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Ganguly Deserves A Final Fling For India

By Orin Davidson
Life for Sourav Gangly must be downright intolerable these days.

Not because he finds himself unwanted by the Indian selectors for almost a year now, but because he will most likely miss out on the most exciting period of world limited overs cricket in ages, set to bowl off soon.

In less than six months the ninth World Cup will be staged, but preceding it, India will host the Champions Trophy series and prior to that, the country will be involved in the first ever Triangular competition involving world champions Australia and the West Indies.

And during it all, Ganguly’s nemesis Greg Chappell will continue to be a torn in his side. The former Australia captain does not think he is an asset to team spirit and has been the primary cause the former captain had been relegated to the sidelines.

But the attacking left handed batsman is not giving up, he is fighting his omission to the bitter end.

And he cannot be faulted for putting his neck and shoulders on the line in the upcoming weeks and months.

Having grown accustomed to the power, influence and prestige the captaincy of India provides, Ganguly believes he has better qualities than those players confined to the discard heap after leading India during one of its most successful spells in both forms of the game.

Because age is not on his side, the former captain knows the next few months provide the best opportunities available for him to enjoy a final fling in the India colors. He will not have another chance to play Australia and West Indies in a three-team clash, then immediately follow up with the second biggest and then play in the king of all competitions – the World Cup, almost back to back.

As a result the one time “Prince Calcutta has stretched the boundaries of decency in an all out bid to convince the powers that be, or anyone with enough influence he is still good enough to make, if nothing else, the nation’s one-day team.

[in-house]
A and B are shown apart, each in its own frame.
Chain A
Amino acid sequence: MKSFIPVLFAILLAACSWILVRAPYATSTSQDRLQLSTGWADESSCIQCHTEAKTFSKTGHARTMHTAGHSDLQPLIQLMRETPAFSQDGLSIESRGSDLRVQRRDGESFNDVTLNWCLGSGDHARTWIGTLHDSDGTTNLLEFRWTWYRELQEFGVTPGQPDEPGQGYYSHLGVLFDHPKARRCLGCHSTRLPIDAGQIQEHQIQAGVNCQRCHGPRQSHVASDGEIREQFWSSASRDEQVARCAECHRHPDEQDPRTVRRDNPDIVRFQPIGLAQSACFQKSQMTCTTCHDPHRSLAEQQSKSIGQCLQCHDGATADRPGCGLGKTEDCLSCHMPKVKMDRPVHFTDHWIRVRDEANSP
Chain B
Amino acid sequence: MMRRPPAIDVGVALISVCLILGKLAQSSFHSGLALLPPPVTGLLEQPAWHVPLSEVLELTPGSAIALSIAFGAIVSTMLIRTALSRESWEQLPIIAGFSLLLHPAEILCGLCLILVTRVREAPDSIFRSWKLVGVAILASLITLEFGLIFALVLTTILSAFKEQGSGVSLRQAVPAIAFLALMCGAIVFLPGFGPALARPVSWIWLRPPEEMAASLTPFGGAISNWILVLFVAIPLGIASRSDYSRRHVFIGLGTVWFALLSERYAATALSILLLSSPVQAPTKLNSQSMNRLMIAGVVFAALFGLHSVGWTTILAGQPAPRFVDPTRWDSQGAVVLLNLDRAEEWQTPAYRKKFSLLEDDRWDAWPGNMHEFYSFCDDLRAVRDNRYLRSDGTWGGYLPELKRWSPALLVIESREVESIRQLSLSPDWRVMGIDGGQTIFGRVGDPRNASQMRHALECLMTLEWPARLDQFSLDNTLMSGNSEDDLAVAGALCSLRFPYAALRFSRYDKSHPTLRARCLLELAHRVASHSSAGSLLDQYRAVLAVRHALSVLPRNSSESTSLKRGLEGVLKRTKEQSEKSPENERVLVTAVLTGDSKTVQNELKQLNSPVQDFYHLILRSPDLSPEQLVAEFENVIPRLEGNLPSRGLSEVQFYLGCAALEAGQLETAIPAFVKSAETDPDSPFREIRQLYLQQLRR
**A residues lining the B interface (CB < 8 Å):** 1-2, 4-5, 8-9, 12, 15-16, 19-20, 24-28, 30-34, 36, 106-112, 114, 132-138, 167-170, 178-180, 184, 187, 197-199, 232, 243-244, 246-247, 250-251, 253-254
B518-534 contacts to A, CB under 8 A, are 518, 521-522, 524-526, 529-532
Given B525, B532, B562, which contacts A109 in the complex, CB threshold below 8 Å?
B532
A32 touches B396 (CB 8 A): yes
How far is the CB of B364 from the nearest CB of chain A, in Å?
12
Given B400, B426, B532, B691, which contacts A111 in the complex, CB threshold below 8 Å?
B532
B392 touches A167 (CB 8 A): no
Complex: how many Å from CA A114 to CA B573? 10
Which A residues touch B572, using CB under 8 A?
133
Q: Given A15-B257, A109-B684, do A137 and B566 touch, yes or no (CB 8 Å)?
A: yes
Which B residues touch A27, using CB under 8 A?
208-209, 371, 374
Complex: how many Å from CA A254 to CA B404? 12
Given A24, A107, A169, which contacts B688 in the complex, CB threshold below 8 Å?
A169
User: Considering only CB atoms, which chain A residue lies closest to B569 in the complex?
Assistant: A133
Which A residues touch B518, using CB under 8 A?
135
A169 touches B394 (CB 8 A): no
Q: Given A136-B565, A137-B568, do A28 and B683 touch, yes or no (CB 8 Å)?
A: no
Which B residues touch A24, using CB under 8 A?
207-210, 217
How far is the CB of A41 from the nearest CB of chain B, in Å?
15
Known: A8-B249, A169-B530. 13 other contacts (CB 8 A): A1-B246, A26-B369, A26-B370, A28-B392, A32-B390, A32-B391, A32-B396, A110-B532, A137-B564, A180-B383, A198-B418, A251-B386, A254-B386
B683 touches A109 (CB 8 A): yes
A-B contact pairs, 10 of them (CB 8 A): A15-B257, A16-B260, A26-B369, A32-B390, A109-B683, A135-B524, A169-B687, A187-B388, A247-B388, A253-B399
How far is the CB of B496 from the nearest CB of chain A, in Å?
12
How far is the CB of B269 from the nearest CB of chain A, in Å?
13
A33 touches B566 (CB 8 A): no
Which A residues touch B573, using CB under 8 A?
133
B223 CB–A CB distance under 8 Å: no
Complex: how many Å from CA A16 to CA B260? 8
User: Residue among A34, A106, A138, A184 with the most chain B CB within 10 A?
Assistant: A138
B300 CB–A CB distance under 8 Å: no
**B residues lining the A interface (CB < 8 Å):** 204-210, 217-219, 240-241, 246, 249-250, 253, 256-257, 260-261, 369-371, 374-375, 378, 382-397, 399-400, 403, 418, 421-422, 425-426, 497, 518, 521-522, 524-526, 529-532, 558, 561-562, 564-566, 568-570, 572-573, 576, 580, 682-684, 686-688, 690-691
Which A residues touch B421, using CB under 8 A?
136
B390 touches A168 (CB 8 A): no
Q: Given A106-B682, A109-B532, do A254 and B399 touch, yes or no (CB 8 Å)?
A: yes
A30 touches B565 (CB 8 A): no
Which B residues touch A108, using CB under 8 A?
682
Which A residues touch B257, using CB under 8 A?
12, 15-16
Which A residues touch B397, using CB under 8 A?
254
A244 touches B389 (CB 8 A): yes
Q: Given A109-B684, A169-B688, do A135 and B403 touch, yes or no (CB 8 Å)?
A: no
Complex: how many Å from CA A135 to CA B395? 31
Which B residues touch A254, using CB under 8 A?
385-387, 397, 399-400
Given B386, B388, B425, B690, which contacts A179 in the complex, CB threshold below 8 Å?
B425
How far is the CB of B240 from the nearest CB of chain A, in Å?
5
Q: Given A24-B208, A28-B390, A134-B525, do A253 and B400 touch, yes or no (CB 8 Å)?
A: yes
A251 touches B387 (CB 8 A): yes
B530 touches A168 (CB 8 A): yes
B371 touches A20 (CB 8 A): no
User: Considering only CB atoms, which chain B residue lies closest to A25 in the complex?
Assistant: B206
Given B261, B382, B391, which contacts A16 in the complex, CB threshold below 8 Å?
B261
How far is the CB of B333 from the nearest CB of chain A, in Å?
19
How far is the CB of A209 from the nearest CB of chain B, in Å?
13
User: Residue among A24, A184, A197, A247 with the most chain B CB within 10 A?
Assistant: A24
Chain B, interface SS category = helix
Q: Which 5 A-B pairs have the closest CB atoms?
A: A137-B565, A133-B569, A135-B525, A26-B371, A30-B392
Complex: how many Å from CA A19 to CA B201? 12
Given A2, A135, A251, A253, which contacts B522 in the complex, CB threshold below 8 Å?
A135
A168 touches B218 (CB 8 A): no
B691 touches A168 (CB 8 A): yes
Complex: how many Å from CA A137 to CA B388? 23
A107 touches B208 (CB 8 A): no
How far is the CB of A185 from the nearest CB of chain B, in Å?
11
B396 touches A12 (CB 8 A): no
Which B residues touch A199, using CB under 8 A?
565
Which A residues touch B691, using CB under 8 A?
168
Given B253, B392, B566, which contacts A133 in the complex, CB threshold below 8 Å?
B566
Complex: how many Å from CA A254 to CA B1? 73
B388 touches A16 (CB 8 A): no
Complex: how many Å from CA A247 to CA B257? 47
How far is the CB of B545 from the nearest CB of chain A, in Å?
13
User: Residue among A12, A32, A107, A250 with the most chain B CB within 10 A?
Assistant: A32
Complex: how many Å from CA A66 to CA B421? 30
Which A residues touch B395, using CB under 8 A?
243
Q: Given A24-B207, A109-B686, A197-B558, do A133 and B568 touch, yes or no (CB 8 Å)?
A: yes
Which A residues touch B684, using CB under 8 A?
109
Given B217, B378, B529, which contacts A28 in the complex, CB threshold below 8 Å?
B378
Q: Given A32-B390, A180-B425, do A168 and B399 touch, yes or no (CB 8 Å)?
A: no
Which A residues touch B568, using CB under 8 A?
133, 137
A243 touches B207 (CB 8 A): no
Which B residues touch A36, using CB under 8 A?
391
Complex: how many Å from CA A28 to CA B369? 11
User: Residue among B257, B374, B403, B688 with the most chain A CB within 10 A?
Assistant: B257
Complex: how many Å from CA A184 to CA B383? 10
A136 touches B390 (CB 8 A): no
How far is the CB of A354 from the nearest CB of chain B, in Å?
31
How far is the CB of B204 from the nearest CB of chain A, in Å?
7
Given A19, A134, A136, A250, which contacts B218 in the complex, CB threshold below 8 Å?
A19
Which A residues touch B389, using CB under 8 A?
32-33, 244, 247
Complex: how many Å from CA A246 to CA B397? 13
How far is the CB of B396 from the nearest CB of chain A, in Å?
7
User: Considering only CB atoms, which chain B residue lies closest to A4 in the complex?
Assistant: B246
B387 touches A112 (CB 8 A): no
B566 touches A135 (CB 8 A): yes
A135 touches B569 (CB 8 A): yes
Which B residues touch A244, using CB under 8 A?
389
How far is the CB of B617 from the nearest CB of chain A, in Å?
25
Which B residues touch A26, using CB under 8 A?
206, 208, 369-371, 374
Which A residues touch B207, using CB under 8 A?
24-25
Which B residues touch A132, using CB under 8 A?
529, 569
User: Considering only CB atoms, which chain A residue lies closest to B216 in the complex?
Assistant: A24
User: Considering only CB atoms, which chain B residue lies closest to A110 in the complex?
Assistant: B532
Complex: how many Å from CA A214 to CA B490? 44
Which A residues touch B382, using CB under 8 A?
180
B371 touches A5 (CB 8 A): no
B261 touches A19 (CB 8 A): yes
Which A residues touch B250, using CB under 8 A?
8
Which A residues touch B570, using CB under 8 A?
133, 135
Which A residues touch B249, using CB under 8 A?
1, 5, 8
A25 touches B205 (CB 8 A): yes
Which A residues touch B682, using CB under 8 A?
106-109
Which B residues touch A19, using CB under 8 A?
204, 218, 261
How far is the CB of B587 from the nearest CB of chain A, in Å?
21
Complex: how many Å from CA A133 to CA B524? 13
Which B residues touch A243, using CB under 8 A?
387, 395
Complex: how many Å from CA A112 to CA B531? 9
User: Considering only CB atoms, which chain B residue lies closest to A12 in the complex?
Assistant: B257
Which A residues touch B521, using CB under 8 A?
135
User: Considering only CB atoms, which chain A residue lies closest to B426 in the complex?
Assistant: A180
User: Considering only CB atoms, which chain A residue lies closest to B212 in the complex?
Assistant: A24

Ganguly has written a book, where he back=stabbed , the man who stuck his neck out longer than any ostrich for him in the good days. Jagmohan Dalmiya nevertheless won the election West Bengal state elections and defeated the man Ganguly was mouthing him off for the top job, and the influence that goes with it in the corridors of power within the Board of Cricket Control of India (BCCI).

Regardless of the ups or downs, anyone who captains India demands heavy influence and whenever Ganguly is ready to take his campaign to another level, he always has a willing audience in the India media.

Of late his pleadings have become more strident in the run-up to the Tri Nation series where the non- India teams will receive a minimum of US$ 2 million or a maximum of US$3M in appearance fees.

Outside of the monetary windfall, the prestige of competing in the series is compelling to any Indian player, much less the once privileged Ganguly.

Every team wants to be the first to inflict major damage to Australia’s dominance on
top of the world and India must fancy their chances, closer to their home in the sub continent.

Australia has never done well there and all of the millions of cricket-mad Indians are aware of that fact. In the sub-continent they failed when on top of the world in the 1996 World Cup and both times the Champions Trophy was held there.